2. 4jkb4ia
    December 7th, 2005 @ 2:00 pm

    The statement that “Torah is an approach to life” is 100% true. But without daas torah, how can a hashkafa be a Jewish hashkafa? It must integrate the Torah approach.

  3. Gershon Seif
    December 7th, 2005 @ 4:37 pm

    Which one did RYBS say is mAhava and which is MYirah? I can offer a pshat both ways?

  4. Gershon Seif
    December 7th, 2005 @ 4:48 pm

    To explain what I just wrote above…

    Pshat A: Myirah= integrating one’s past into one’s new life. (implies he’s still holding onto his “bad” past)
    MAhava= totally eradicating the past. (he’s gotten rid of all his old baggage)

    Pshat B: Myirah= totally eradicating the past (he’s fearful of parts of himself and is “keeping himself in line” because he’s supposed to)
    MAhava= integrating one’s past into one’s new life. (He’s found that Hashem can smile down on him for all the talents he has. Hashem loves him for all that he is about and he doesn’t and shouldn’t deny himself whole chunks of his persona)

    I’m strongly inclined to say Pshat B is the right one.

  5. Beyond BT » Blog Archive » Rav Yosef Ber Soloveitchik on Teshuva
    December 7th, 2005 @ 5:33 pm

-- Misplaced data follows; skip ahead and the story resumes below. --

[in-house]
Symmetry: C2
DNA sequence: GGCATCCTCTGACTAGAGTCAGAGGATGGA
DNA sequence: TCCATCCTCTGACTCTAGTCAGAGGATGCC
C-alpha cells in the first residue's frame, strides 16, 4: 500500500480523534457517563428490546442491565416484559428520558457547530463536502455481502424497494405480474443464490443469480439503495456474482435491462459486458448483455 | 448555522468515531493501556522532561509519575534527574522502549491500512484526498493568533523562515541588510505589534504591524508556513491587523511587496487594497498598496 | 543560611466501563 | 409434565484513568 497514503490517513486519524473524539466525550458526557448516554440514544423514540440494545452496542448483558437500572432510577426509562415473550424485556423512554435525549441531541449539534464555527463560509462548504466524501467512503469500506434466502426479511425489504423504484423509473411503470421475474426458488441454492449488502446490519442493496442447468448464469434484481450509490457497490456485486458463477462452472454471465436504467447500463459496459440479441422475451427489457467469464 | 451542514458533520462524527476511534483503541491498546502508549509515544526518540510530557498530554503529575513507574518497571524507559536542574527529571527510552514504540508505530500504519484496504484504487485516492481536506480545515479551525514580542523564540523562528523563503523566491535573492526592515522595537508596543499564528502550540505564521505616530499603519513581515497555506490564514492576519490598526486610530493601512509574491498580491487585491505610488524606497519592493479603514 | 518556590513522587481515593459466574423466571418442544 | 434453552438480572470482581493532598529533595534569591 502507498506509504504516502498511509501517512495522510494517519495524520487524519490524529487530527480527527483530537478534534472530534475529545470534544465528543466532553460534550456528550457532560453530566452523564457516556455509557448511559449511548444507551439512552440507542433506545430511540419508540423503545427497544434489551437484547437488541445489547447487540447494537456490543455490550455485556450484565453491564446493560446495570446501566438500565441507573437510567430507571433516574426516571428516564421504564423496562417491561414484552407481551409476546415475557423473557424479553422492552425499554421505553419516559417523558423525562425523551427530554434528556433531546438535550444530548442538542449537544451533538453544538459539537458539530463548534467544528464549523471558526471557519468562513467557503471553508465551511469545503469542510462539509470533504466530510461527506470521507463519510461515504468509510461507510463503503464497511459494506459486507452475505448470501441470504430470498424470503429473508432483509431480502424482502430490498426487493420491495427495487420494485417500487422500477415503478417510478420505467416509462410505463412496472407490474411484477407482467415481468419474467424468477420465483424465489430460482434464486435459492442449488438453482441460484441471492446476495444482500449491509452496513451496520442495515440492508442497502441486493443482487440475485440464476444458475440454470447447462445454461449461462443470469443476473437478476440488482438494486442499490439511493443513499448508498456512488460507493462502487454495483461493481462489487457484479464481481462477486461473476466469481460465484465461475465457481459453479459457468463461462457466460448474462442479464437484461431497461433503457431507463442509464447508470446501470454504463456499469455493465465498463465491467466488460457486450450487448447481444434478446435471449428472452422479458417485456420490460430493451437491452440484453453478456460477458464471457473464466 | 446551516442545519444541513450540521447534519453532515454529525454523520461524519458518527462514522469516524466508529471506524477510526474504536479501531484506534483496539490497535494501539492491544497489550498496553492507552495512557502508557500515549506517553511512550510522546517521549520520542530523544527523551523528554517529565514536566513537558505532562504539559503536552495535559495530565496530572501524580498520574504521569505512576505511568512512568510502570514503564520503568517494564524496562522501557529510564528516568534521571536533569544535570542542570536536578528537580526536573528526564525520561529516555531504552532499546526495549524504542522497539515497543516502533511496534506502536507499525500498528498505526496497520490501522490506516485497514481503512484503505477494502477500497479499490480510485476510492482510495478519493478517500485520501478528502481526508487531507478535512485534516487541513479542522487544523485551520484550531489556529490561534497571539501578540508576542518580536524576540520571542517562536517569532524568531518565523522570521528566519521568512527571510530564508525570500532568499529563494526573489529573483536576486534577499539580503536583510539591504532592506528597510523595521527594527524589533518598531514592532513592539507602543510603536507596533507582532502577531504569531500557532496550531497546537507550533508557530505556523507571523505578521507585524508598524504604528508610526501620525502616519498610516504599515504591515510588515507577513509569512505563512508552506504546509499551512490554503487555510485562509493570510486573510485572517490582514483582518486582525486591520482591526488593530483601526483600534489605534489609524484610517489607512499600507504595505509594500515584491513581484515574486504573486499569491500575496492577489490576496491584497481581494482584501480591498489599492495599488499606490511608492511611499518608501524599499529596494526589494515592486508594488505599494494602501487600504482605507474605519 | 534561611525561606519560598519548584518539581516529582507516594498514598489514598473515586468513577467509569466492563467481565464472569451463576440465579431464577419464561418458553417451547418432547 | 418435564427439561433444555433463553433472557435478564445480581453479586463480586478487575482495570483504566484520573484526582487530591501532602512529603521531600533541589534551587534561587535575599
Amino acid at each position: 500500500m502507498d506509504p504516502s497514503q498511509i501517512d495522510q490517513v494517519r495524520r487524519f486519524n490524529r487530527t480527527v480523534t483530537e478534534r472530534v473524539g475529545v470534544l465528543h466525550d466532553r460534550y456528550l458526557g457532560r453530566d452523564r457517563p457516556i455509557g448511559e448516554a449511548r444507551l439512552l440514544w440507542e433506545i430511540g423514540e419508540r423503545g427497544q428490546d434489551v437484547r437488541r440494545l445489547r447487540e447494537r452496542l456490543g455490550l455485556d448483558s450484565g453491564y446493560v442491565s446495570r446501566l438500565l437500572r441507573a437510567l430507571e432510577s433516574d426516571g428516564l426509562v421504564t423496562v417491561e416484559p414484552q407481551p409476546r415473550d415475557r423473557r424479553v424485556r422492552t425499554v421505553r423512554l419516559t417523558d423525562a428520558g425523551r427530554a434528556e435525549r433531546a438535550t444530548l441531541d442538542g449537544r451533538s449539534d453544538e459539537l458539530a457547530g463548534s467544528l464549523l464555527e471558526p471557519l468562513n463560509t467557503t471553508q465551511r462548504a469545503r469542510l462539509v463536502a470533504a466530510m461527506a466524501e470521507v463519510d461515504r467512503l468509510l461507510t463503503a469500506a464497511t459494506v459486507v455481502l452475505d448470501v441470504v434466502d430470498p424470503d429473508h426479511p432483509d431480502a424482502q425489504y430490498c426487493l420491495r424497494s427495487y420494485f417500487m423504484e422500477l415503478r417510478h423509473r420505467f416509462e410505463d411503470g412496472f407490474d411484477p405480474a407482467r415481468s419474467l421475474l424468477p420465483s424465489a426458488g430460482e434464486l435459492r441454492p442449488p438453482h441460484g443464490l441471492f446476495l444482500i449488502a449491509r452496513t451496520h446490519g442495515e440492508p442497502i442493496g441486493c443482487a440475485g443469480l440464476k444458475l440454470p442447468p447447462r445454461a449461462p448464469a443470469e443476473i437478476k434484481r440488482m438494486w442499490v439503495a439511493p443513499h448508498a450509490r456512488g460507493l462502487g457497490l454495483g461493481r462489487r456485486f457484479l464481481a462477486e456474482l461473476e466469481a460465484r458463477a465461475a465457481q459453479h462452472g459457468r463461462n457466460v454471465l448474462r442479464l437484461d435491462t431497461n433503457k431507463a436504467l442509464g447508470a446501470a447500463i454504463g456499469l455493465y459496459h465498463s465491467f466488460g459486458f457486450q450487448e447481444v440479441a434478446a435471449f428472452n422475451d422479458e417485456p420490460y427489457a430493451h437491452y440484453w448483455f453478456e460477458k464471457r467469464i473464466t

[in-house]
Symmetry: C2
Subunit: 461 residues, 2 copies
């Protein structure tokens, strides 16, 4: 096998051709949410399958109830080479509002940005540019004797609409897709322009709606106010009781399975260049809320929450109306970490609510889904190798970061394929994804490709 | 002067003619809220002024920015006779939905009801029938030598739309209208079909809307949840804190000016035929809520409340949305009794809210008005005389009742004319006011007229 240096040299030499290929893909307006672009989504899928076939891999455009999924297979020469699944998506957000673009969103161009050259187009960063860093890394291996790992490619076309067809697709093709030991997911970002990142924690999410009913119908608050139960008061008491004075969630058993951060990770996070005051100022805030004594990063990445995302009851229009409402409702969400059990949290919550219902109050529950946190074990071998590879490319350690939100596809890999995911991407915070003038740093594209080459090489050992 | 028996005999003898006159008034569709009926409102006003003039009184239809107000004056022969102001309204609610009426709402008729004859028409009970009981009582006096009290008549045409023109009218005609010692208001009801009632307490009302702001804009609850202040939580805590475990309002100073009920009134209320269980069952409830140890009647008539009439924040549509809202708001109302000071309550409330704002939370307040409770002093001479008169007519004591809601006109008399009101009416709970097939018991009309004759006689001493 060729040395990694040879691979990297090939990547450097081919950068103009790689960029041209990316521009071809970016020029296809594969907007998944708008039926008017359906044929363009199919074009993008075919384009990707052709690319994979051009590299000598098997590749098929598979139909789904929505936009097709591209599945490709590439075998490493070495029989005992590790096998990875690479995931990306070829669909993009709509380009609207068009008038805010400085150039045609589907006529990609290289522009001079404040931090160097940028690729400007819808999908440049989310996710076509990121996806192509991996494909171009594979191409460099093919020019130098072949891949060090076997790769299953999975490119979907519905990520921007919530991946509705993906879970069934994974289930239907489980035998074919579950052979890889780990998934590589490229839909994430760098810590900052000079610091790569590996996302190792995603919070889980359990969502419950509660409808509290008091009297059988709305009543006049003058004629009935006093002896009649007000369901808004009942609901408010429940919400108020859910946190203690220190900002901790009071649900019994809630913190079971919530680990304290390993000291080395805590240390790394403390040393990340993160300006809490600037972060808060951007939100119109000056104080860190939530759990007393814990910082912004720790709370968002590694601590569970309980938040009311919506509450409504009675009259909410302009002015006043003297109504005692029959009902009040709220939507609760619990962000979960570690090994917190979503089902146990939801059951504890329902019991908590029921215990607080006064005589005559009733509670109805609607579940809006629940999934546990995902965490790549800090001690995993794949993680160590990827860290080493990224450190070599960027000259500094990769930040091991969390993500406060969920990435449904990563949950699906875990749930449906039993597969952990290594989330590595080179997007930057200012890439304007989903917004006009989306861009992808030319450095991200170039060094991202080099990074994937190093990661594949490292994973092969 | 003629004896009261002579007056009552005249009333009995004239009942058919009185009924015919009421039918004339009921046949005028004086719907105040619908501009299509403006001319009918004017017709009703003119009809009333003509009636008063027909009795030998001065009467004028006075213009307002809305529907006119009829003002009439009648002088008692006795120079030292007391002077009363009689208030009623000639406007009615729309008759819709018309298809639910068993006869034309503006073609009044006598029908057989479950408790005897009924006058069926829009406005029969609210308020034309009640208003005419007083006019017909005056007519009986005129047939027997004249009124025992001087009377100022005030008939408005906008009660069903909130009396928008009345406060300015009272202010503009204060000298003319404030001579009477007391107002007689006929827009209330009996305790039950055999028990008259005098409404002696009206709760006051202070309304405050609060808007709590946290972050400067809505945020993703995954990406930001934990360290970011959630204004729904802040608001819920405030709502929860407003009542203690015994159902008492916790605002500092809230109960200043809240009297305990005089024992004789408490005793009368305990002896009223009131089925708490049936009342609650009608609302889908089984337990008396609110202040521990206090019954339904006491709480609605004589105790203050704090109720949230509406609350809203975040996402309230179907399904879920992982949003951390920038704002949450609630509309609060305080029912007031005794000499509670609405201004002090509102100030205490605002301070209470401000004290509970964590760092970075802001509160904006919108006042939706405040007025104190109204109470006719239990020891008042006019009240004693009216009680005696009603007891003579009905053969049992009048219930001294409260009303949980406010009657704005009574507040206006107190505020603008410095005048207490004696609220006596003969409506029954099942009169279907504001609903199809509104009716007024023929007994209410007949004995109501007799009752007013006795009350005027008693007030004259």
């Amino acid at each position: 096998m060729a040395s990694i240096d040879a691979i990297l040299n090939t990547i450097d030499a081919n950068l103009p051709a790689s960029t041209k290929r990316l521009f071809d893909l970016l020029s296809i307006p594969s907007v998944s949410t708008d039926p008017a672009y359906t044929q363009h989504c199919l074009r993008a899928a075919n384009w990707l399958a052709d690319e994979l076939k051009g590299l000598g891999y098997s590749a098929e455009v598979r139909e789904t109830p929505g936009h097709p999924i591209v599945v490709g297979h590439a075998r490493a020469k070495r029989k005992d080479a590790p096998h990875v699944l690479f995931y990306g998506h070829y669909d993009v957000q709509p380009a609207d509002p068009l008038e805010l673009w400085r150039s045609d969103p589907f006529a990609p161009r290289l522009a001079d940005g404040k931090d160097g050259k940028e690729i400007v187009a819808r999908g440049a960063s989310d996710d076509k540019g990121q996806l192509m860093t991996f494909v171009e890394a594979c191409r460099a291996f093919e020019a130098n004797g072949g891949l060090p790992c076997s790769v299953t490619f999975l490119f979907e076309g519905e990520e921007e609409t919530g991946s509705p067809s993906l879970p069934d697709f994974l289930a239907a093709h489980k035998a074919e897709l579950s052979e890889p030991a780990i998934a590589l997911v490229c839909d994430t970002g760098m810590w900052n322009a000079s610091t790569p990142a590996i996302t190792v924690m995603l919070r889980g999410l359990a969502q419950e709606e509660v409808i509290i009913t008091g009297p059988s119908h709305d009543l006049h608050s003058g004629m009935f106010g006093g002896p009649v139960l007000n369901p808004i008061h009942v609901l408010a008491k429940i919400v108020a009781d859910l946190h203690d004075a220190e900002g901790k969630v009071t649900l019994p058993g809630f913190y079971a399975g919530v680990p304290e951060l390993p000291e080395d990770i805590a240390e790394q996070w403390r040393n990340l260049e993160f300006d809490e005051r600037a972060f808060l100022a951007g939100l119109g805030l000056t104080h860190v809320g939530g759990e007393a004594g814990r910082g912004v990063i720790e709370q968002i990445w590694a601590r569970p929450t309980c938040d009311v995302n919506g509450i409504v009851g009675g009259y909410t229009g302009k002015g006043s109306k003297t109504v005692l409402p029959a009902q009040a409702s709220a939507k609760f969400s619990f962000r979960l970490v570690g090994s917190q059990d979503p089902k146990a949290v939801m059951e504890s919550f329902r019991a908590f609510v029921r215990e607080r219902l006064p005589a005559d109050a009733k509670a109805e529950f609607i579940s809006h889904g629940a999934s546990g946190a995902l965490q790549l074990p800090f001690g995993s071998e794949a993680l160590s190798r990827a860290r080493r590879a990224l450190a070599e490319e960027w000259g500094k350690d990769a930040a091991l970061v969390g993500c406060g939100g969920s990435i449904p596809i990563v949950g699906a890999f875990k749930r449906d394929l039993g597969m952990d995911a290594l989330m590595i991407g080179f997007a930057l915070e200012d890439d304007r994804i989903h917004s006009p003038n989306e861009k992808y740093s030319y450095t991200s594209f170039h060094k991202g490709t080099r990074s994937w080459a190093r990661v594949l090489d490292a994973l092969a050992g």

[...] Gershon Seif asked and suggested how RYBS viewed Teshuvah MeAhavah and Teshuvah MeYirah. IIRC, RYBS suggested the exactly opposite ideas in Al HaTshuvah but refrained from saying which was better or preferable. To all of those who are blogging here, please excuse my posts if they appear overly opinionated. [...]

  6. Eitan
    December 11th, 2005 @ 5:47 pm

    A practical request. In the future could you write out all your acronymns at least once. I’m having trouble following your post because of “RYBS, POV, IMO, IOW.” For those of us who have not spent time in yeshivah ‘yet,’ these are quite puzzling.

  7. Miriam
    December 14th, 2005 @ 7:01 pm

    I’d like RYBS explained too, but, Eitan, the rest are English, as far as I can tell… POV = Point Of View, IMO = In My Opinion, IOW = In Other Words, OTOH = On The Other Hand and so forth. It was confusing to read, though, as I had to stop and think about it for a moment at each one.

  8. Steve Brizel
    December 18th, 2005 @ 6:17 pm

    Someone raised the issue that hashkafa must must pass the muster of Daas Torah. FWIW, the Rambam in a number of places in the Perush HaMishnah rejects that very thesis. If that was the case, one would have expected evidence that Chasidus and Mussar reached such a position solely because Daas Torah deemed them so. In fact, there were pitched battles between Chasidim and Misnagdim and Misnagdim and Baalei Mussar. Ultimately, the common enemies of Haskalah, etc rendered these battles academic in the late 19th and early 20th Centuries.